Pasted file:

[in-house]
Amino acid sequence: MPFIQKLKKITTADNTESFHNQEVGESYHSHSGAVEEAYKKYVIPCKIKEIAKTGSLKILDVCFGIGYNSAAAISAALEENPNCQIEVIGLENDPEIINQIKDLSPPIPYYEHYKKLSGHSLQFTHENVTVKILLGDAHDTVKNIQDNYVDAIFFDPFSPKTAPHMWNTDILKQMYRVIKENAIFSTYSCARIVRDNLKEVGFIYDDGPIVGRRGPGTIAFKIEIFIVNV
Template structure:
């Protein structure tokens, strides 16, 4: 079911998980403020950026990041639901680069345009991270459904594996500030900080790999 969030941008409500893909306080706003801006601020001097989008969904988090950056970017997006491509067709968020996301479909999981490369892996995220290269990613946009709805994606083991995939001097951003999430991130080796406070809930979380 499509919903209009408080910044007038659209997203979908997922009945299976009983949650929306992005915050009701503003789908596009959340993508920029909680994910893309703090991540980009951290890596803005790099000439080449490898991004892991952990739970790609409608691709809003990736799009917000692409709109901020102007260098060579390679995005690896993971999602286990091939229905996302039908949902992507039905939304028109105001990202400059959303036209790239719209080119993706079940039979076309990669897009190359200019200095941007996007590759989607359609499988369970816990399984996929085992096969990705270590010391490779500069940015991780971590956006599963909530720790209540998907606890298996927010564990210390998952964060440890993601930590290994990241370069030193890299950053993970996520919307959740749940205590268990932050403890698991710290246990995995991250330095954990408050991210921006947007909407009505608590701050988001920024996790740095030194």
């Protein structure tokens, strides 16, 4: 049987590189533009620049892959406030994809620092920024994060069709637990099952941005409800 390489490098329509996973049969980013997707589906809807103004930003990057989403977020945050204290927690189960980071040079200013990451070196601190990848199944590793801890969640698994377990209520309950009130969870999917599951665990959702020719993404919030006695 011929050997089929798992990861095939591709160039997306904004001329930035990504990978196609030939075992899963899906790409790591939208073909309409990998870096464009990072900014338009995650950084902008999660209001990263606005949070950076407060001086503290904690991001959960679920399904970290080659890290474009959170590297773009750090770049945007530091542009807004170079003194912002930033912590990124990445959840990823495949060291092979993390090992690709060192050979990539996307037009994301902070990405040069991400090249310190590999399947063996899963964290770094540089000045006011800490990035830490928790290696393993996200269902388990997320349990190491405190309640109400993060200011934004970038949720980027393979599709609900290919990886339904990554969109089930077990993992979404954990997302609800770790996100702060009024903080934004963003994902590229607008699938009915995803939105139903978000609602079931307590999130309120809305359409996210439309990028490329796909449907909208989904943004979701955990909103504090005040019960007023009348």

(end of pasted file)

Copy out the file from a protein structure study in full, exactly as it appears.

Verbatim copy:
[in-house]
Amino acid sequence: MPFIQKLKKITTADNTESFHNQEVGESYHSHSGAVEEAYKKYVIPCKIKEIAKTGSLKILDVCFGIGYNSAAAISAALEENPNCQIEVIGLENDPEIINQIKDLSPPIPYYEHYKKLSGHSLQFTHENVTVKILLGDAHDTVKNIQDNYVDAIFFDPFSPKTAPHMWNTDILKQMYRVIKENAIFSTYSCARIVRDNLKEVGFIYDDGPIVGRRGPGTIAFKIEIFIVNV
Template structure:
């Protein structure tokens, strides 16, 4: 079911998980403020950026990041639901680069345009991270459904594996500030900080790999 969030941008409500893909306080706003801006601020001097989008969904988090950056970017997006491509067709968020996301479909999981490369892996995220290269990613946009709805994606083991995939001097951003999430991130080796406070809930979380 499509919903209009408080910044007038659209997203979908997922009945299976009983949650929306992005915050009701503003789908596009959340993508920029909680994910893309703090991540980009951290890596803005790099000439080449490898991004892991952990739970790609409608691709809003990736799009917000692409709109901020102007260098060579390679995005690896993971999602286990091939229905996302039908949902992507039905939304028109105001990202400059959303036209790239719209080119993706079940039979076309990669897009190359200019200095941007996007590759989607359609499988369970816990399984996929085992096969990705270590010391490779500069940015991780971590956006599963909530720790209540998907606890298996927010564990210390998952964060440890993601930590290994990241370069030193890299950053993970996520919307959740749940205590268990932050403890698991710290246990995995991250330095954990408050991210921006947007909407009505608590701050988001920024996790740095030194």
């Protein structure tokens, strides 16, 4: 049987590189533009620049892959406030994809620092920024994060069709637990099952941005409800 390489490098329509996973049969980013997707589906809807103004930003990057989403977020945050204290927690189960980071040079200013990451070196601190990848199944590793801890969640698994377990209520309950009130969870999917599951665990959702020719993404919030006695 011929050997089929798992990861095939591709160039997306904004001329930035990504990978196609030939075992899963899906790409790591939208073909309409990998870096464009990072900014338009995650950084902008999660209001990263606005949070950076407060001086503290904690991001959960679920399904970290080659890290474009959170590297773009750090770049945007530091542009807004170079003194912002930033912590990124990445959840990823495949060291092979993390090992690709060192050979990539996307037009994301902070990405040069991400090249310190590999399947063996899963964290770094540089000045006011800490990035830490928790290696393993996200269902388990997320349990190491405190309640109400993060200011934004970038949720980027393979599709609900290919990886339904990554969109089930077990993992979404954990997302609800770790996100702060009024903080934004963003994902590229607008699938009915995803939105139903978000609602079931307590999130309120809305359409996210439309990028490329796909449907909208989904943004979701955990909103504090005040019960007023009348």